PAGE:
When plaintiffs first filed their securities class action lawsuit against IndyMac Bancorp back in March 2007, the suit was one of the first of what later became a wave of subprime and credit crisis-related securities class action lawsuits. The suit itself, which has come to be known as the Tripp litigation, initially was dismissed and ultimately went through multiple rounds of dismissal motions. In March 2008, during the round of preliminary motions, and in what is the fifth largest bank failure in U.S. history, regulators closed IndyMac Bank. In August 2008, IndyMac Bancorp itself filed for bankruptcy. By the time all of these events had completely unfolded, including in particular the many rounds of dismissal motion rulings, the sole remaining defendant in the Tripp litigation was the company’s former CEO, Michael Perry.


According to papers filed in the Central District of California this week, Perry has now reached a settlement of the securities suit against him. As reflected in the parties’ June 26, 2012 stipulation (here), the parties have agreed to settle the case for a payment of $5.5 million. According to the stipulation, the settlement amount will be entirely funded from “insurance policies providing coverage to former officers and directors of IndyMac for the period March 1, 2007 through March 1, 2008.” The settlement is subject to court approval.


The litigation involving IndyMac’s former directors and officers includes not only this securities suit, but also a separate securities suit relating to IndyMac’s alleged misrepresentations regarding its exposure to Option ARM mortgages. In addition, there are two different FDIC lawsuits against former IndyMac executives. Indeed, the FDIC’s first lawsuit against former directors and officers of failed banks filed during the current wave of bank failures was filed against two former IndyMac executives (about which refer here). The FDIC also filed a separate lawsuit against Perry. The FDIC’s suit against Perry has been watched closesly as a result of the ruling in the case that Perry, as a former officer, is not entitled to rely on the business judgment rule under California law (the business judgment rule being construed by the district court as protective of directors only, not officers).


As noted in an accompanying post, as a result of a June 27, 2012 determination in the IndyMac insurance coverage litigation, there is insurance coverage if at all for these various lawsuits under the 2007-2008 insurance program, meaning that the various claimants in the various cases are in competition with each other for the proceeds of the 2007-2008 insurance program.  It is probably fortunate for the claimants in the Tripp litigation that the parties in the Tripp litigation were able to reach a settlement before the June 27 ruling in the insurance coverage litigation, as the competition for insurance under the 2007-2008 program could have even further complication the settlement of the Tripp litigation.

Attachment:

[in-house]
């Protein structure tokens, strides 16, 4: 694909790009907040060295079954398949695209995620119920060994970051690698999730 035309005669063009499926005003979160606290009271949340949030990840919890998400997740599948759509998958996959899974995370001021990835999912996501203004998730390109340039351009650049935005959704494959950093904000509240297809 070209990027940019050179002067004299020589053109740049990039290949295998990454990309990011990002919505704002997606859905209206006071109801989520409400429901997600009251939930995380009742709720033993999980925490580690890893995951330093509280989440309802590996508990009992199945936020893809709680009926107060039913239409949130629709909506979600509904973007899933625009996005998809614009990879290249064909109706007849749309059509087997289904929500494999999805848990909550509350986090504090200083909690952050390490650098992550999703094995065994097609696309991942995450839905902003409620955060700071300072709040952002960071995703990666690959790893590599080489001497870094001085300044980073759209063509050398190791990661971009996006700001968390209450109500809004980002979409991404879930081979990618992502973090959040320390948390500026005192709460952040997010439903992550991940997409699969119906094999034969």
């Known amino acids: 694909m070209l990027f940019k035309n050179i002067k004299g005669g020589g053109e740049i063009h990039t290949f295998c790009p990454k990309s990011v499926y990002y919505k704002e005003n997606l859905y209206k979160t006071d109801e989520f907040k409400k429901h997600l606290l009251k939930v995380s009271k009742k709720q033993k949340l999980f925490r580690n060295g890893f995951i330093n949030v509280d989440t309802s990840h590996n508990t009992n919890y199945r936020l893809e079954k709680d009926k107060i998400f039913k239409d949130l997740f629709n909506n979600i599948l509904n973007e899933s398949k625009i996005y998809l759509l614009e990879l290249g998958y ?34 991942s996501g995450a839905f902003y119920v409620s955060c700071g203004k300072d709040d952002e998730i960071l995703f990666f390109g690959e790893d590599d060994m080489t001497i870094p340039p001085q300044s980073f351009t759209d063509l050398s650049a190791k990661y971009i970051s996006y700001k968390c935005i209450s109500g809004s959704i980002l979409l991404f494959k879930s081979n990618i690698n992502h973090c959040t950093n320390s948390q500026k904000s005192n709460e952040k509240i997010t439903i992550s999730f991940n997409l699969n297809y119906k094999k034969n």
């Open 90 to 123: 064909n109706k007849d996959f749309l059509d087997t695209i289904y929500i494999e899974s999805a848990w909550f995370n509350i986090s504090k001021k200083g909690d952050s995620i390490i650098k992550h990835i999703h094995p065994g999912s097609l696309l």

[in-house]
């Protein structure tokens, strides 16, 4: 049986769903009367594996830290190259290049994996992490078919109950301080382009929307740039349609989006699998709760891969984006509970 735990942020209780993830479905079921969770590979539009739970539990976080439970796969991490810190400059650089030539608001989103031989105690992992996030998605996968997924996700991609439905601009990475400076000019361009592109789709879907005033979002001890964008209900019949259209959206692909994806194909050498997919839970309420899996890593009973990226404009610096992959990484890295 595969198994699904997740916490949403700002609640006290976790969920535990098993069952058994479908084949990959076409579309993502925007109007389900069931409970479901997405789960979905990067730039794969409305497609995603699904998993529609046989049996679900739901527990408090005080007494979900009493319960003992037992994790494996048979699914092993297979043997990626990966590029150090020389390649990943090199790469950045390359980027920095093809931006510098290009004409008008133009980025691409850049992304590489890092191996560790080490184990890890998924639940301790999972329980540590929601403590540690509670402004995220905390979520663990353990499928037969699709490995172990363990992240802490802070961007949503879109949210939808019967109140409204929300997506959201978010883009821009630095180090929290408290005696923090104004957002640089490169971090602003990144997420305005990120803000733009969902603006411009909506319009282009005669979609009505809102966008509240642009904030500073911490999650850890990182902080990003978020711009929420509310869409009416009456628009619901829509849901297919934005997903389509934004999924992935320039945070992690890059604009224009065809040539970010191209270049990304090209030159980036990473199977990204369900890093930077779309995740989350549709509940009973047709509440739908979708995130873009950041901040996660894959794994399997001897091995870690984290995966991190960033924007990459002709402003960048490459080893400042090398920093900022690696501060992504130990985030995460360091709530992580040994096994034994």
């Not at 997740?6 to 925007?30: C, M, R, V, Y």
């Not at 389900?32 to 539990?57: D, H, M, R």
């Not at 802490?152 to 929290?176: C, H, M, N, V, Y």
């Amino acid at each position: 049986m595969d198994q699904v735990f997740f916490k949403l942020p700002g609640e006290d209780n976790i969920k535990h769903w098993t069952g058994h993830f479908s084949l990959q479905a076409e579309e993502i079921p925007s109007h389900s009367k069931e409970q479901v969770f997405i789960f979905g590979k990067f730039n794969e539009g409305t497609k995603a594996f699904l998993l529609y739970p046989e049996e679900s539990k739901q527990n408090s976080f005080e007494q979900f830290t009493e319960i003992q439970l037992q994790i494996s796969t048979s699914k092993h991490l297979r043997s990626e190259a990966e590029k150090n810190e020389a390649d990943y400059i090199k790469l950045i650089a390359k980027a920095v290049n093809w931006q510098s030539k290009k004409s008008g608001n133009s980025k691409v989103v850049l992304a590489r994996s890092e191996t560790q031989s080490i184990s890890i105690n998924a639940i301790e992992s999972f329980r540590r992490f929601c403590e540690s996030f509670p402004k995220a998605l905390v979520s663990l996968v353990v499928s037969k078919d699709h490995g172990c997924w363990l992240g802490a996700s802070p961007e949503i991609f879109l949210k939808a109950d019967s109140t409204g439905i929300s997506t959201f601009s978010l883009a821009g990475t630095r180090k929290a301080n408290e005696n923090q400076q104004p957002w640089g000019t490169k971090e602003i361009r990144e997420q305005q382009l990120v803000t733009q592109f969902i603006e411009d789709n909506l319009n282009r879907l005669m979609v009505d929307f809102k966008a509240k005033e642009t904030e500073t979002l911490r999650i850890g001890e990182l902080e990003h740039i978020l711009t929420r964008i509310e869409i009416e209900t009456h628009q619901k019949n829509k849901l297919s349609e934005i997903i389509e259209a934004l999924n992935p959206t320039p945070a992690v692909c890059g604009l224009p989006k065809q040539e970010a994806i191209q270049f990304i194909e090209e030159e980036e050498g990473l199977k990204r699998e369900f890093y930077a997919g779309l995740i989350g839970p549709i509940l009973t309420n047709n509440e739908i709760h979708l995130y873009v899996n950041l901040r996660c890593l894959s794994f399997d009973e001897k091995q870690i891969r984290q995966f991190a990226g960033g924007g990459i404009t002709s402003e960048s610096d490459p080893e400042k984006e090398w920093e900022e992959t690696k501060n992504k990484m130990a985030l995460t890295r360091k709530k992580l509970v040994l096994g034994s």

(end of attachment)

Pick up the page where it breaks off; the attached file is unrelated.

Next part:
The stipulation provides that insurers from the 2007-2008 insurance program that will be funding this settlement may be required to seek the approval of the bankruptcy court in the IndyMac Bancorp bankruptcy proceedings in order to obtain the bankruptcy court’s approval to use the proceeds for the settlement. The stipulation adds that the parties to the settlement “expressly acknowledge and agree that all obligation of the Defendant with respect to the Settlement Amount are subject to the funding of such Settlement Amount by the Insurers,” adding that the Defendant “shall under no circumstances have an obligation to fund such amount from personnel assets.” The stipulation does provide that if the settlement amount is not paid according to the terms of the stipulation, the settlement is null and void.


I have in any event added the Perry settlement to my running tally of subprime and credit crisis-related case resolutions, which can be accessed here.